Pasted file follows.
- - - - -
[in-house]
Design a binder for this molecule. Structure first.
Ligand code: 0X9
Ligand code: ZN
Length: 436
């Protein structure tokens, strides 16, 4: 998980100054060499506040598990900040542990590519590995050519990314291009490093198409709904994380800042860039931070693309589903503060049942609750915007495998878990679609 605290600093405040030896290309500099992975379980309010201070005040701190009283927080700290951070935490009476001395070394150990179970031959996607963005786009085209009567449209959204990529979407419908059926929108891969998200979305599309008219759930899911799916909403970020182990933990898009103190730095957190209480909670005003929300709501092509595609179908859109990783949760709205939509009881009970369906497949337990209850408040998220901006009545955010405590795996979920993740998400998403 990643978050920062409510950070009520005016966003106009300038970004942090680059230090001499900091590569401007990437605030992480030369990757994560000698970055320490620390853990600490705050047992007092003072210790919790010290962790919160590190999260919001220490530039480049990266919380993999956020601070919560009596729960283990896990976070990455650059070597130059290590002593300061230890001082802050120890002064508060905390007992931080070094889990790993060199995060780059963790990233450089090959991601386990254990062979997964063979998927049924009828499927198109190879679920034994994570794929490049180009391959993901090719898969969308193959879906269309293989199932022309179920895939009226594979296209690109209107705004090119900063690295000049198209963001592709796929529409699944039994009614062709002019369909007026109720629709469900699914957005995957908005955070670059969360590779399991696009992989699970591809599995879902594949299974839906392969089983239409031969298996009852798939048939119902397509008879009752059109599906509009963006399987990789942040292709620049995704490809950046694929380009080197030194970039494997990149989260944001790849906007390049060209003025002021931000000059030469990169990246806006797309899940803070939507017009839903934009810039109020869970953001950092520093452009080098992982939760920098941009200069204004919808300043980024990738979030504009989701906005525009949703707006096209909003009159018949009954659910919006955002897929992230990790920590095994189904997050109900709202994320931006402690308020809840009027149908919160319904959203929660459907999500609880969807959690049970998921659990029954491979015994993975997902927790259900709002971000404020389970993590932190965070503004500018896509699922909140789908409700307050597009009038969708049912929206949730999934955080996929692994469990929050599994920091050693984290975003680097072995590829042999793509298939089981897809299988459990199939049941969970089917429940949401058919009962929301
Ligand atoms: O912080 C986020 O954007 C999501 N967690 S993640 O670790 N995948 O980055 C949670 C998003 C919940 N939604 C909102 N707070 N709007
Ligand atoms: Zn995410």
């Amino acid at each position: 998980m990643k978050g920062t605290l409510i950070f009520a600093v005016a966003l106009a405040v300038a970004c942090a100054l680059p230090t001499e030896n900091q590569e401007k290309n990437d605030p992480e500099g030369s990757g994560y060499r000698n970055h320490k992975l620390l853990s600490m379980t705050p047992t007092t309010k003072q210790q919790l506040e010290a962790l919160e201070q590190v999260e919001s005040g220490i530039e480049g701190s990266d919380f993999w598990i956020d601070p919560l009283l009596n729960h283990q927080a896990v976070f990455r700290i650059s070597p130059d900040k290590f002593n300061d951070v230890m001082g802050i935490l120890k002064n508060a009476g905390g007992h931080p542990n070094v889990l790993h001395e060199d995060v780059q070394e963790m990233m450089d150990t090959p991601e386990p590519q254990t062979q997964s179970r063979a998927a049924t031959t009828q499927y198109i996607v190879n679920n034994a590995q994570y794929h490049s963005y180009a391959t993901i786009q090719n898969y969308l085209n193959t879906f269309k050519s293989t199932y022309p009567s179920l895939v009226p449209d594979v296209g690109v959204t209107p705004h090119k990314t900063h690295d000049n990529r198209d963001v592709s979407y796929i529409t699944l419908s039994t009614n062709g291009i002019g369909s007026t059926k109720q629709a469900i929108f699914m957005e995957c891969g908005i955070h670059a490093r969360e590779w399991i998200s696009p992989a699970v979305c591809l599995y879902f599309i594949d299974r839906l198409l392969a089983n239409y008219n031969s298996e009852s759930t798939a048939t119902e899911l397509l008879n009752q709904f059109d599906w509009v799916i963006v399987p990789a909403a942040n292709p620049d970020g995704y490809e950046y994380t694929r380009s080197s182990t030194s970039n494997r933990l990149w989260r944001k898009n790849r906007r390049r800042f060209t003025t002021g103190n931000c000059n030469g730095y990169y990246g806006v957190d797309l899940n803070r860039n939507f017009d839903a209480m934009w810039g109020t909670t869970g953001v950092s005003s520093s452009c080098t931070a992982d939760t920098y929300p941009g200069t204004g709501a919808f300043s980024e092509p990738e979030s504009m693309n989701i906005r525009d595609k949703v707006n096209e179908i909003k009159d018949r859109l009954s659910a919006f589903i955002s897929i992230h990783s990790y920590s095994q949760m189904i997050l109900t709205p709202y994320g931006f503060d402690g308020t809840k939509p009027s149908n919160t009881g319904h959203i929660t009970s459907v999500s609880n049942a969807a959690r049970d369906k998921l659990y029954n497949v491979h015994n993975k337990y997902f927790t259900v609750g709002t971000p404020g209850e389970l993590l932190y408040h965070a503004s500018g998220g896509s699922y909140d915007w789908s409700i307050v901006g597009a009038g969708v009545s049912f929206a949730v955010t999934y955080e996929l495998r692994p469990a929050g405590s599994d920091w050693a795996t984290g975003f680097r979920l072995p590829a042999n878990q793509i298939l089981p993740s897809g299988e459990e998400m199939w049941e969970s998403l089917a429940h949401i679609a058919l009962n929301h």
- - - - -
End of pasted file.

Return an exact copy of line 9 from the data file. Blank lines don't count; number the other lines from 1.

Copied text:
């Amino acid at each position: 998980m990643k978050g920062t605290l409510i950070f009520a600093v005016a966003l106009a405040v300038a970004c942090a100054l680059p230090t001499e030896n900091q590569e401007k290309n990437d605030p992480e500099g030369s990757g994560y060499r000698n970055h320490k992975l620390l853990s600490m379980t705050p047992t007092t309010k003072q210790q919790l506040e010290a962790l919160e201070q590190v999260e919001s005040g220490i530039e480049g701190s990266d919380f993999w598990i956020d601070p919560l009283l009596n729960h283990q927080a896990v976070f990455r700290i650059s070597p130059d900040k290590f002593n300061d951070v230890m001082g802050i935490l120890k002064n508060a009476g905390g007992h931080p542990n070094v889990l790993h001395e060199d995060v780059q070394e963790m990233m450089d150990t090959p991601e386990p590519q254990t062979q997964s179970r063979a998927a049924t031959t009828q499927y198109i996607v190879n679920n034994a590995q994570y794929h490049s963005y180009a391959t993901i786009q090719n898969y969308l085209n193959t879906f269309k050519s293989t199932y022309p009567s179920l895939v009226p449209d594979v296209g690109v959204t209107p705004h090119k990314t900063h690295d000049n990529r198209d963001v592709s979407y796929i529409t699944l419908s039994t009614n062709g291009i002019g369909s007026t059926k109720q629709a469900i929108f699914m957005e995957c891969g908005i955070h670059a490093r969360e590779w399991i998200s696009p992989a699970v979305c591809l599995y879902f599309i594949d299974r839906l198409l392969a089983n239409y008219n031969s298996e009852s759930t798939a048939t119902e899911l397509l008879n009752q709904f059109d599906w509009v799916i963006v399987p990789a909403a942040n292709p620049d970020g995704y490809e950046y994380t694929r380009s080197s182990t030194s970039n494997r933990l990149w989260r944001k898009n790849r906007r390049r800042f060209t003025t002021g103190n931000c000059n030469g730095y990169y990246g806006v957190d797309l899940n803070r860039n939507f017009d839903a209480m934009w810039g109020t909670t869970g953001v950092s005003s520093s452009c080098t931070a992982d939760t920098y929300p941009g200069t204004g709501a919808f300043s980024e092509p990738e979030s504009m693309n989701i906005r525009d595609k949703v707006n096209e179908i909003k009159d018949r859109l009954s659910a919006f589903i955002s897929i992230h990783s990790y920590s095994q949760m189904i997050l109900t709205p709202y994320g931006f503060d402690g308020t809840k939509p009027s149908n919160t009881g319904h959203i929660t009970s459907v999500s609880n049942a969807a959690r049970d369906k998921l659990y029954n497949v491979h015994n993975k337990y997902f927790t259900v609750g709002t971000p404020g209850e389970l993590l932190y408040h965070a503004s500018g998220g896509s699922y909140d915007w789908s409700i307050v901006g597009a009038g969708v009545s049912f929206a949730v955010t999934y955080e996929l495998r692994p469990a929050g405590s599994d920091w050693a795996t984290g975003f680097r979920l072995p590829a042999n878990q793509i298939l089981p993740s897809g299988e459990e998400m199939w049941e969970s998403l089917a429940h949401i679609a058919l009962n929301h």